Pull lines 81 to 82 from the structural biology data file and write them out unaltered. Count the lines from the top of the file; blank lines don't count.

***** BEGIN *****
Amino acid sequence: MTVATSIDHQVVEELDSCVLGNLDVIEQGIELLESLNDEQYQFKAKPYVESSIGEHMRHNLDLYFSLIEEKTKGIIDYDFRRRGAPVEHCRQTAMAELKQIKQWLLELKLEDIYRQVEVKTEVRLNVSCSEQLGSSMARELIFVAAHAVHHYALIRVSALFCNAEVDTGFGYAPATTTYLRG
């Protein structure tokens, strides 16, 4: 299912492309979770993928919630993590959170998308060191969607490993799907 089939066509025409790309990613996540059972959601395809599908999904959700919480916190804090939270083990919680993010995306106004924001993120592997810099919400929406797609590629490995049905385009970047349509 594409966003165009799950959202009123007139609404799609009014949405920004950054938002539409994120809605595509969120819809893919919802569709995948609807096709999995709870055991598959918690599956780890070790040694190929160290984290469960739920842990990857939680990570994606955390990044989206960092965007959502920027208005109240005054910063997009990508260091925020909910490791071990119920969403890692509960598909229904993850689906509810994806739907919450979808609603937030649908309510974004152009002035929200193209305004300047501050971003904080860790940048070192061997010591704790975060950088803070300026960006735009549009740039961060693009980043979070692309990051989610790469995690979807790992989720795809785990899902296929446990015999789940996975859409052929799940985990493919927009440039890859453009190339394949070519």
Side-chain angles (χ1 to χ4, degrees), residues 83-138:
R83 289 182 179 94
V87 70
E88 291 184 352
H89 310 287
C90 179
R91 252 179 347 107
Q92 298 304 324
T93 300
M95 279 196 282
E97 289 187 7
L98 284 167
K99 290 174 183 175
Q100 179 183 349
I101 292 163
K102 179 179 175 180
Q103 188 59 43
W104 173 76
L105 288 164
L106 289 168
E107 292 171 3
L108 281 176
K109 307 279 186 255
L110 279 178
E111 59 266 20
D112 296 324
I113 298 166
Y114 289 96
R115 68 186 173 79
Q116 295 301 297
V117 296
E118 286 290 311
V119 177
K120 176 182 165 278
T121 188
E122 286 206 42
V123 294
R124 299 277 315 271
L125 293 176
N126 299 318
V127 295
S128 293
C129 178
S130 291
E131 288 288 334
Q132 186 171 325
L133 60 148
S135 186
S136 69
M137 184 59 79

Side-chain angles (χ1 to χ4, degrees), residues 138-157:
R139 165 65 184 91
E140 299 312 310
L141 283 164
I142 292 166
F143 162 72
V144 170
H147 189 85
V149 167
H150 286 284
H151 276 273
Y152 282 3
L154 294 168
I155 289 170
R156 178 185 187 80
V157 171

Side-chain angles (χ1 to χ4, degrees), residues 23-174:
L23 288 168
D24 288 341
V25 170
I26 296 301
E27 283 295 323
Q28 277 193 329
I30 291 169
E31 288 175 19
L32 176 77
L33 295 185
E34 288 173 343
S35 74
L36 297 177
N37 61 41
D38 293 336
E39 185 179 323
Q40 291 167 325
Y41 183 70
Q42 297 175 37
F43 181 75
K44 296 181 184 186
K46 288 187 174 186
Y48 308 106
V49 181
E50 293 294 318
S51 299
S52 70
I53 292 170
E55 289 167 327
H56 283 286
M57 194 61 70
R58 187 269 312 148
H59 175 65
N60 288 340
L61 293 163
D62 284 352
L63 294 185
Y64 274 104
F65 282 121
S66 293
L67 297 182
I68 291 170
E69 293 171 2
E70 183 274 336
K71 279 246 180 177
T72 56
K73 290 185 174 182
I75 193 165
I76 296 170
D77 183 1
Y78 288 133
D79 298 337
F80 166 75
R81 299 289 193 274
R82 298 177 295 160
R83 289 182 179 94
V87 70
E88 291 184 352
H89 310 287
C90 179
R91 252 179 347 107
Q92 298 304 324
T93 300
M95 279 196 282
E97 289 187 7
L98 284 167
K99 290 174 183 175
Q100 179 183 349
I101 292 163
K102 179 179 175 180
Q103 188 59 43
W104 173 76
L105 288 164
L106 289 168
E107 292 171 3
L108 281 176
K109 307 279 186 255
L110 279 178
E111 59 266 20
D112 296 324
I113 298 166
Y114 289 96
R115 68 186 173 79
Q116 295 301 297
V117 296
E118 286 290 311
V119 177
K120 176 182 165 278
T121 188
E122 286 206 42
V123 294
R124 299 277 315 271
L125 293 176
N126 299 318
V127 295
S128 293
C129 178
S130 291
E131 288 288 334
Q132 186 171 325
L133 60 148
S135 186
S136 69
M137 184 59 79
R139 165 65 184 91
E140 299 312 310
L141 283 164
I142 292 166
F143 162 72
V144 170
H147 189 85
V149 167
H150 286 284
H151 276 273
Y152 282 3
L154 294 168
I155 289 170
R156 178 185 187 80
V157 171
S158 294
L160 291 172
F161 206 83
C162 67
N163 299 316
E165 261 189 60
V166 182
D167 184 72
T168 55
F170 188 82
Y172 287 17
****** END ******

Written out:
S35 74
L36 297 177